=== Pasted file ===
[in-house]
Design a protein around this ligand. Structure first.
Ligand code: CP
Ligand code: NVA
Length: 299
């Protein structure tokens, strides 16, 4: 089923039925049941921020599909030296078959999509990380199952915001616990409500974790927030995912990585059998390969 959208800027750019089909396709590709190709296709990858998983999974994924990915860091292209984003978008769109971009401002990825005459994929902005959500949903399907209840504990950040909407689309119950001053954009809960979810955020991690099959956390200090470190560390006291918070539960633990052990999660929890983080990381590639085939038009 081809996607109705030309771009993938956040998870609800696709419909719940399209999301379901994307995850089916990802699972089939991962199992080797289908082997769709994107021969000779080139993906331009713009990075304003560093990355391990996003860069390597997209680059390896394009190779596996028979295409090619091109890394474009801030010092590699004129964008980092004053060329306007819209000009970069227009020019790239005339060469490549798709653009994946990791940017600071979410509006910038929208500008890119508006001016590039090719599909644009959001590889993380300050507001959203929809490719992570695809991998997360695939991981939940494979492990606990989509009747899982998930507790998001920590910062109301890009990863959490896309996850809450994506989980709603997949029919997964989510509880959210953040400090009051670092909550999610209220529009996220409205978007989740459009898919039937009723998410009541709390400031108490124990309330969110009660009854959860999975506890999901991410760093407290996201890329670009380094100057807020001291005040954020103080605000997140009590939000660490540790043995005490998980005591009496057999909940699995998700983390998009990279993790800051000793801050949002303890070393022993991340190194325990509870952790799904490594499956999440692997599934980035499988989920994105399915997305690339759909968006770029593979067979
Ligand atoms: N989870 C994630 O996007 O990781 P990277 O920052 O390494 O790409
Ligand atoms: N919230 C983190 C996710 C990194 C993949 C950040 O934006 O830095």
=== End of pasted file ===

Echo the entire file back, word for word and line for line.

[in-house]
Design a protein around this ligand. Structure first.
Ligand code: CP
Ligand code: NVA
Length: 299
């Protein structure tokens, strides 16, 4: 089923039925049941921020599909030296078959999509990380199952915001616990409500974790927030995912990585059998390969 959208800027750019089909396709590709190709296709990858998983999974994924990915860091292209984003978008769109971009401002990825005459994929902005959500949903399907209840504990950040909407689309119950001053954009809960979810955020991690099959956390200090470190560390006291918070539960633990052990999660929890983080990381590639085939038009 081809996607109705030309771009993938956040998870609800696709419909719940399209999301379901994307995850089916990802699972089939991962199992080797289908082997769709994107021969000779080139993906331009713009990075304003560093990355391990996003860069390597997209680059390896394009190779596996028979295409090619091109890394474009801030010092590699004129964008980092004053060329306007819209000009970069227009020019790239005339060469490549798709653009994946990791940017600071979410509006910038929208500008890119508006001016590039090719599909644009959001590889993380300050507001959203929809490719992570695809991998997360695939991981939940494979492990606990989509009747899982998930507790998001920590910062109301890009990863959490896309996850809450994506989980709603997949029919997964989510509880959210953040400090009051670092909550999610209220529009996220409205978007989740459009898919039937009723998410009541709390400031108490124990309330969110009660009854959860999975506890999901991410760093407290996201890329670009380094100057807020001291005040954020103080605000997140009590939000660490540790043995005490998980005591009496057999909940699995998700983390998009990279993790800051000793801050949002303890070393022993991340190194325990509870952790799904490594499956999440692997599934980035499988989920994105399915997305690339759909968006770029593979067979
Ligand atoms: N989870 C994630 O996007 O990781 P990277 O920052 O390494 O790409
Ligand atoms: N919230 C983190 C996710 C990194 C993949 C950040 O934006 O830095």